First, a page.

Let’s get gabbing:

You may have picked up that I skipped book two in the series, Legends of Zita the Spacegirl, because the library didn’t have it (boo!).  This wasn’t too much of a drama because the opening scenes cleverly work some of the key points from books one and two into the dialogue between Zita and her captor.  Yes, this book begins with Zita imprisoned and seemingly helpless, although it is apparent that in book two she had been gadding about making a name for herself across the galaxy and fostering the reputation of someone not to be trifled with.

The plot focuses on Zita’s attempts to escape her prison by finding a jump crystal with which she can power up the red-button thingy and take herself back home.  Along the way she is helped out by a mysterious masked boy and her cellmates, a skeleton named Femur who possesses some very interestingly shaped digits, and Ragpile, an animated pile of rags.  I absolutely loved the little twist at the end concerning Ragpile and Femur and it encapsulates the ingenuity and humour that is woven into these stories.  Old friends also make an appearance, including Pizzicato, Strong-Strong and One, as well as some folk from the second book who I hadn’t met before, most interesting of which being a space-pirate type lady and her mysterious cat.

Zita’s adventures eventually find her back on Earth and even though it is claimed that this is the final story in the series, the ending holds a little hope that there might be more.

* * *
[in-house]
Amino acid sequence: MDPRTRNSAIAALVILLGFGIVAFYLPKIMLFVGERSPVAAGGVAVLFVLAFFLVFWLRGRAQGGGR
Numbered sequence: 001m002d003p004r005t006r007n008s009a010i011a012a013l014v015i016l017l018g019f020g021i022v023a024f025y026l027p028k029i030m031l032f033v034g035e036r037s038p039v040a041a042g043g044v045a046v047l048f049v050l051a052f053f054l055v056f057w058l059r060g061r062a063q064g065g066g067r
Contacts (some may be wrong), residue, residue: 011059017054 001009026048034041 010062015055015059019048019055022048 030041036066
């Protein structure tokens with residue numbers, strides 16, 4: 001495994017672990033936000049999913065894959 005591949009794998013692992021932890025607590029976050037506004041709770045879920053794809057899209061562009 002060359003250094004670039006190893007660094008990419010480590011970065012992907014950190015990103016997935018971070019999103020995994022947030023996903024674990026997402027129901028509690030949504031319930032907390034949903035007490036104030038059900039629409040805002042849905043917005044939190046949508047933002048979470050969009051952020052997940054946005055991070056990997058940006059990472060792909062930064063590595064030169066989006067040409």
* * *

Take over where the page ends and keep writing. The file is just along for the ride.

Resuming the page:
Overall snapshot:

This was an action packed way to finish the series, full of escapes, ingenious ideas and teamwork.  Themes of betrayal and forgiveness loom large and the ensemble cast of characters ensures that there’ll be something for everyone in Zita’s final adventure.

I’m submitting Return of Zita the Spacegirl for my Mount TBR Reading ChallengeMount TBR Reading Challenge for 2017! You can check out my progress here.

Also, I can’t find a space to fit them on the blog, but I have also read and reviewed Livingstone Volume 1 and Bloody Chester from my stack of borrowed graphic novels.  Click on the book titles to see my reviews on Goodreads.

Until next time,

Bruce

Library Larks: Pictures, Pictures, Pictures!

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It’s all about the pictures with my recent library borrowings.  I went a bit graphic novel mad recently, taking advantage of Moreton Bay Libraries’ most excellent graphic novel collection and have requested no less than eight graphic novels to slowly pore over.  Here are some of them:

liberry larks.jpeg

Chief among these is Ben Hatke’s Zita the Spacegirl, which I borrowed to read in preparation for tackling Return of Zita the Spacegirl for my Mount TBR Challenge.  Jackie from Death by Tsundoku suggested that I read the first book in the series before trying the third, so I duly took her advice!  Look out for reviews of these two later in the week.  I also came across a graphic novel by Isombelle Carmody which I couldn’t just leave lying on the shelf.  I’m very much looking forward to casting my eyes over Bloody Chester, which is horror Western, and Livingstone: Volume 1, which is a manga featuring souls and untimely death.

I’ve also put a few Kazu Kabiushi titles on hold, one of which is an anthology of graphic novel short stories on the theme of mystery boxes.